Energy Savings Tips

General Household

Warm Weather

Appliances

 

General Household

  • Turn the temperature of your water heater down. Heating water is the third-highest energy expense in most homes. If the temperature setting of your water heater is at 140°F, turn it down to 130°F. You’ll save a few dollars each month.
     
  • Cook meals with your microwave oven, instead of your conventional oven. The microwave uses about half the energy of a conventional oven.
     
  • Wash clothes in cold water instead of hot water, and you could save about $50 a year.
     
  • Put a large, dry bath towel in the dryer with each load of wet clothes. The towel will absorb dampness and reduce drying time by up to 33% saving time, energy, and money.
     
  • Install low-emission coated glass windows and you could reduce your heating bill by 34%.
     
  • Make sure your attic is well insulated. This step alone can save you 20 – 35% on heating costs and up to 35% on air conditioning costs.
     
  • Change your shower heads to flow-restricting models, and you could reduce your hot water use by as much as 50% without affecting shower pressure.
     
  • Leave your storm windows in place all year long, as they can provide valuable year-round insulation.
     
  • Dress up your windows with draperies that provide shade from warm sunlight during the warm months, and added insulation in the cold months.
     
  • Use kitchen, bath or other ventilating fans wisely; in just one hour these fans can pull out a houseful of warmed or cooled air.

 

Warm & Hot Weather

  • Avoid using your stove, oven, dishwasher or clothes dryer during the warmest periods of the day so that your air conditioning system will not have to work harder to keep your home cool.
     
  • Run your dishwasher only when it is completely full. The less often that you run it, the less humidity it will add to the air and your air conditioning won’t have to work harder.
     
  • If possible, install your air conditioning unit in a shaded area.
     
  • Install ceiling fans. They use far less energy than air conditioners and help keep you cool.



 

Appliances
 

Refrigerator

  • Keep the unit away from direct sunlight and heat-producing appliances. Refrigerators are designed to stay in a conditioned climate, so the excess heat will make your refrigerator work harder to keep cool.
     
  • Consider keeping refrigerators with rear external condensers at least two to three inches away from the wall. This allows more breathing room and better air flow around the condenser coils, which helps the refrigerator cool more efficiently.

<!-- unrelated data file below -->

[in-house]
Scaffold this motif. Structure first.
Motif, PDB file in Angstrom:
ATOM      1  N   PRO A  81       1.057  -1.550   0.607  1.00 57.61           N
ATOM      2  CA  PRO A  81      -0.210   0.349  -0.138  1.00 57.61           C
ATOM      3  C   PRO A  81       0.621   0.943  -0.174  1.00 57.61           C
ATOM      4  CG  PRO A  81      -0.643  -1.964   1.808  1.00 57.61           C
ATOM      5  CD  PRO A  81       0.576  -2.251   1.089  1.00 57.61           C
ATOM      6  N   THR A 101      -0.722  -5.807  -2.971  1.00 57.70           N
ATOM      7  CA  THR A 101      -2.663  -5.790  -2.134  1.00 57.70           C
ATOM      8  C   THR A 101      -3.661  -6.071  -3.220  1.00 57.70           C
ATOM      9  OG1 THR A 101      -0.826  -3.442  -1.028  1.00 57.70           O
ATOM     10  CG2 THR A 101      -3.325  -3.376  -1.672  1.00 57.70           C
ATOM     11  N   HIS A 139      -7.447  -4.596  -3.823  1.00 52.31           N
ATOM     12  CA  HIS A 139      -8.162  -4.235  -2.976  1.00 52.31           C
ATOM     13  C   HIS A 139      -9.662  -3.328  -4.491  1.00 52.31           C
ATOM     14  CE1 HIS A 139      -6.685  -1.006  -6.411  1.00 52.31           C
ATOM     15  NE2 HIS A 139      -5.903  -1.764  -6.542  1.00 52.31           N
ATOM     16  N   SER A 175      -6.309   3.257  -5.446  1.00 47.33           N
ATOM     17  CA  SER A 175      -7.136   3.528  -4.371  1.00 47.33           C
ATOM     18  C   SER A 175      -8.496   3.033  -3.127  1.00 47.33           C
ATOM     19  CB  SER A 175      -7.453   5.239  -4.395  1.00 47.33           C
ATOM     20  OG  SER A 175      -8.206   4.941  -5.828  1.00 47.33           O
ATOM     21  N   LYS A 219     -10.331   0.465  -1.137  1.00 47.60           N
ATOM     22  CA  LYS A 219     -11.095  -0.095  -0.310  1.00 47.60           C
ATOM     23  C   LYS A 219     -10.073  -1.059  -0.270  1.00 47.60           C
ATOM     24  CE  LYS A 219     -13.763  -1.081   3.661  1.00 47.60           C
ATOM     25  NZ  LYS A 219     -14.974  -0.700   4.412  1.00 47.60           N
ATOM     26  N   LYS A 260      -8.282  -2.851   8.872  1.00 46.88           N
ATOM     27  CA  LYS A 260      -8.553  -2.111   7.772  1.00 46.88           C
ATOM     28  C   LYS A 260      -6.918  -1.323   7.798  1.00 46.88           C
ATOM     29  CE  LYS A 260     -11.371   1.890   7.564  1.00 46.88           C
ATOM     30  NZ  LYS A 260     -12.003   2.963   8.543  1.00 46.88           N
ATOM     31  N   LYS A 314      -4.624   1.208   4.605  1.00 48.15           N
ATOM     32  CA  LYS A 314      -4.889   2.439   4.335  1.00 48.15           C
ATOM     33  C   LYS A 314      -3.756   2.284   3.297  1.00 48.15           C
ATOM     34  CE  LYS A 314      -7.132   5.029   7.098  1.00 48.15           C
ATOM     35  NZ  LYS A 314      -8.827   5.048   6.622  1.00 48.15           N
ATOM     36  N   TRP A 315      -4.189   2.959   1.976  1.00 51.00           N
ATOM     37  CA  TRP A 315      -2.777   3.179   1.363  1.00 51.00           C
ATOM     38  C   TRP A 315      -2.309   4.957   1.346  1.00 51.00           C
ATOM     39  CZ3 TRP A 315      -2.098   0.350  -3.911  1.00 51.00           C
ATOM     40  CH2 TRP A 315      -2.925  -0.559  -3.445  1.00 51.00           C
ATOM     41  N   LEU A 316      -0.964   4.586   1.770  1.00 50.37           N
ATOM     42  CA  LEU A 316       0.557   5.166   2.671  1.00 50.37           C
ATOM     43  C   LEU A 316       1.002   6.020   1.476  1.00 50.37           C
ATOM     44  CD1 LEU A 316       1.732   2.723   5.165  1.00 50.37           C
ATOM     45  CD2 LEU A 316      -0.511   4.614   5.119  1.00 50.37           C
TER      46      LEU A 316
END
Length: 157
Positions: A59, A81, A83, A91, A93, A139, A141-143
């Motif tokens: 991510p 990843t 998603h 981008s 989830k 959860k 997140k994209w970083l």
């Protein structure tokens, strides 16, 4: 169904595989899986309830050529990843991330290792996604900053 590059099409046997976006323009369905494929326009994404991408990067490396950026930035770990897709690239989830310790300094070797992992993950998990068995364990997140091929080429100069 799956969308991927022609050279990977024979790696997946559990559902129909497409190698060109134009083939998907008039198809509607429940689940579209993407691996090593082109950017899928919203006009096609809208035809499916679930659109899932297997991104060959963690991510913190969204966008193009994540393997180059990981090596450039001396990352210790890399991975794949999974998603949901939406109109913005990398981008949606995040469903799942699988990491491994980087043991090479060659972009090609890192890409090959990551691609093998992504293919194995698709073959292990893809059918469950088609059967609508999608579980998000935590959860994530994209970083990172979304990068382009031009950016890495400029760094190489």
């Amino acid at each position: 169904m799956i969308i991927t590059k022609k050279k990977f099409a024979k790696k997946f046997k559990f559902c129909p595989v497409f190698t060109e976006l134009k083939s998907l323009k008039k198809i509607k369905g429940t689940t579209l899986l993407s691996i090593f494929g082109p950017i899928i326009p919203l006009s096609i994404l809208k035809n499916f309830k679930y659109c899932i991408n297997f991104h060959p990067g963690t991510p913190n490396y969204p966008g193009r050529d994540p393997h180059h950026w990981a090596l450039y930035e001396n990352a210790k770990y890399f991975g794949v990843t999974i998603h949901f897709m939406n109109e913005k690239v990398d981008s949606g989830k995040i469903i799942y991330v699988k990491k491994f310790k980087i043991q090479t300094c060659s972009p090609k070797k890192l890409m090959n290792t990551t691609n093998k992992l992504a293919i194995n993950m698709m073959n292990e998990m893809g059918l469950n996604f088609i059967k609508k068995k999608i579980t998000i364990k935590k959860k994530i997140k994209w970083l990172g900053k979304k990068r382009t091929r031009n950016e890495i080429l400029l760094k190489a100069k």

• Clean the condenser coils at least twice a year. Dirt, dust and pet hair accumulate and make the unit work harder to keep cool.
     

Dryer

  • Keep the lint filter clean to maximize air circulation and energy efficiency. Keeping the lint filter clean also prevents fire.
     
  • Keep the dryer's outside exhaust clean to prevent dryer fires and reduce drying time, which saves energy. Keep the dryer at least four inches away from the wall to prevent kinks or tears from forming in the exhaust vent.
     

Washer

  • If you have an older top-loading washer, consider converting to a front-loading washer, which uses about 70% less water.
     
  • When appropriate, wash clothes in cold water. This saves the energy needed to heat the water.
     
  • Wash full loads. Washers use about the same amount of energy for all load sizes, so fill up the load to avoid wasting energy.
     
  • Use the high speed spin cycle, which takes more moisture out of your clothes. The drier they are coming out of the washer, the less drying time is needed, which saves energy.
     

Stove

  • Keep electric and gas burners clean. Clean burners reflect heat better use energy more efficiently.
     
  • Turn off electric burners two to three minutes before cooking is done and let residual heat take care of the rest.
     

Oven

  • If you're cooking a dish that has a long cook time, such as a turkey, put the dish in as the oven is heating up. Near the end of cooking time, turn the oven off and allow residual heat to finish the job.
     
  • If you're making two dishes that both require oven cooking at about the same temperature, put them in together to take full advantage of the energy used to heat the unit.
     

Dishwasher

  • Run full loads. Dishwashers use the same amount of energy for all loads, so take advantage of the energy used in each one.
     
  • Use the air-dry setting or open your dishwasher after the wash cycle is finished. Air drying dishes saves more energy than the heat-dry setting. Use a water-sheeting agent to allow your dishes to dry quicker.
     
  • Don't pre-rinse; scrape dishes clean instead to save up to 20 gallons of water.
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